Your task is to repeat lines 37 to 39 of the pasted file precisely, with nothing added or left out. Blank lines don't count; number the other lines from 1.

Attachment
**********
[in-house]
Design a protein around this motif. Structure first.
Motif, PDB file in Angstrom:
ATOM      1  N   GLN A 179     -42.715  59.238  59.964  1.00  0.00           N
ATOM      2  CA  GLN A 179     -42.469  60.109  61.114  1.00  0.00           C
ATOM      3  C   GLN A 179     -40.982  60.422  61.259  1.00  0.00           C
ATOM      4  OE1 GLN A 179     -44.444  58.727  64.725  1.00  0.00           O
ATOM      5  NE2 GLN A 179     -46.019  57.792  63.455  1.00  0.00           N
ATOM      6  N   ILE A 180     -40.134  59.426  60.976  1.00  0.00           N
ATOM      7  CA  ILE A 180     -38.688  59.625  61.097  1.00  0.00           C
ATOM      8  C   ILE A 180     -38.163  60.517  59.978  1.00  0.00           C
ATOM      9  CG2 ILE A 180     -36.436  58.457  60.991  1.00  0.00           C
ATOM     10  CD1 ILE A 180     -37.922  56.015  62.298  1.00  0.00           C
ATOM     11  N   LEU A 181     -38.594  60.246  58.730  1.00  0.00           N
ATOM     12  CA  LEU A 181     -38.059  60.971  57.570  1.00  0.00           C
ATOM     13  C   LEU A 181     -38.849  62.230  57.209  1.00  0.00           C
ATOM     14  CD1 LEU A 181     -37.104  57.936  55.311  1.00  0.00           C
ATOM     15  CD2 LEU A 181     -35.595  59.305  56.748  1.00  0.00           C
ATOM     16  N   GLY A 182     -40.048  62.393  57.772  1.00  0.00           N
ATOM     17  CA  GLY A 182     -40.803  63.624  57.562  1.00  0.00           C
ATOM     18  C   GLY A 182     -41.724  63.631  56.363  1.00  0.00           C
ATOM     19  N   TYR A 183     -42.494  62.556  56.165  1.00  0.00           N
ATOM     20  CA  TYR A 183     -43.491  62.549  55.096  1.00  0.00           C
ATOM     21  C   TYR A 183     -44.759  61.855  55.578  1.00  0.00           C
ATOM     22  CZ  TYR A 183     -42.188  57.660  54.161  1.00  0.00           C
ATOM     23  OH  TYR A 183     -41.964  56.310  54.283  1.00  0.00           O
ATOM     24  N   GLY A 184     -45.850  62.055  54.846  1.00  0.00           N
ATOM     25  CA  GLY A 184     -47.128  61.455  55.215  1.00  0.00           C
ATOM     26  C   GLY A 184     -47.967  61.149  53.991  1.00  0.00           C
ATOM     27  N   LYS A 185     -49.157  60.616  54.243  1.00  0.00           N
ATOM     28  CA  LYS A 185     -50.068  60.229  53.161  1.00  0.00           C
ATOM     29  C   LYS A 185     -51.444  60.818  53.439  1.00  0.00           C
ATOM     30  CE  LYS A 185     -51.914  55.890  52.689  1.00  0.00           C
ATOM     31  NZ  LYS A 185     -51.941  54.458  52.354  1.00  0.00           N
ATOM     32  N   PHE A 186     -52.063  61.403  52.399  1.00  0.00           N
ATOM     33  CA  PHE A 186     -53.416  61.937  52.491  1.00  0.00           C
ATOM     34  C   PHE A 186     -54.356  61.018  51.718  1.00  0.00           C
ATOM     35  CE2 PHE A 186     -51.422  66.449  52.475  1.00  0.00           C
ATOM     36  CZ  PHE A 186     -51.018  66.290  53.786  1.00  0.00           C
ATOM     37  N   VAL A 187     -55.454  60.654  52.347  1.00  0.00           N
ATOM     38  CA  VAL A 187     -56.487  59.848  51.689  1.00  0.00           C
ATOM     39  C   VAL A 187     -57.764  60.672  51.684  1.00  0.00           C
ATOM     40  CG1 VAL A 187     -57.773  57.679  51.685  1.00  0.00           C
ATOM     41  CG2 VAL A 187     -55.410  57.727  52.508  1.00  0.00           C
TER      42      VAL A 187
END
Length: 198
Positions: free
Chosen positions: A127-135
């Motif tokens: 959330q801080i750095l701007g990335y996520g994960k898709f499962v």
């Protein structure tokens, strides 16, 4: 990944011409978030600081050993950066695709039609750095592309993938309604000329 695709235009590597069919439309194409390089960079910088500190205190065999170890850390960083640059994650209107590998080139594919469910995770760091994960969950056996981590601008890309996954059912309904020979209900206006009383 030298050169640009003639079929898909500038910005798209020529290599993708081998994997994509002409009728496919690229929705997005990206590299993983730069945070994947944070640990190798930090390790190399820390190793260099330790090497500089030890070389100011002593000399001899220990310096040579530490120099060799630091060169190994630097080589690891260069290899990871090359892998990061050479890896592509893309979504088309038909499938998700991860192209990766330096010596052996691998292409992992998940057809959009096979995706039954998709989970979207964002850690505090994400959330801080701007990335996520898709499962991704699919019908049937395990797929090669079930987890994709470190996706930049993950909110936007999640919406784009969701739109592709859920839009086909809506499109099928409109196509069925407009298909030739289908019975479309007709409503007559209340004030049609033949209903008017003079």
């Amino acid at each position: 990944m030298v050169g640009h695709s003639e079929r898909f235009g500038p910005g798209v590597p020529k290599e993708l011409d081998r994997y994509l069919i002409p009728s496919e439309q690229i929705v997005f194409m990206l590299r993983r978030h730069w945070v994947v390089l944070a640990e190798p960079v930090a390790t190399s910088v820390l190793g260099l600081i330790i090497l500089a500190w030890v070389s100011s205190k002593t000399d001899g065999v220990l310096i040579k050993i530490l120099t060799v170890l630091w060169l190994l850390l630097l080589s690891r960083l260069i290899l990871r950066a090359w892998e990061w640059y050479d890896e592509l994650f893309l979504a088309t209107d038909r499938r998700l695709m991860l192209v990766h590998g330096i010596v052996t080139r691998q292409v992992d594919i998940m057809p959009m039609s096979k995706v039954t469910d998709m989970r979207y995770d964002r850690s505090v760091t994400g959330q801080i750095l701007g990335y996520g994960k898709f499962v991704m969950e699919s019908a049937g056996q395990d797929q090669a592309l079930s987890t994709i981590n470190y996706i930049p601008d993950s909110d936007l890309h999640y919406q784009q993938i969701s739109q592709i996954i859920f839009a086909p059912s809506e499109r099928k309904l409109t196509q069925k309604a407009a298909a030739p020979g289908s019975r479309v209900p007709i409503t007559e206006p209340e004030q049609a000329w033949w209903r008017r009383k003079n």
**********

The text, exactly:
ATOM     34  C   PHE A 186     -54.356  61.018  51.718  1.00  0.00           C
ATOM     35  CE2 PHE A 186     -51.422  66.449  52.475  1.00  0.00           C
ATOM     36  CZ  PHE A 186     -51.018  66.290  53.786  1.00  0.00           C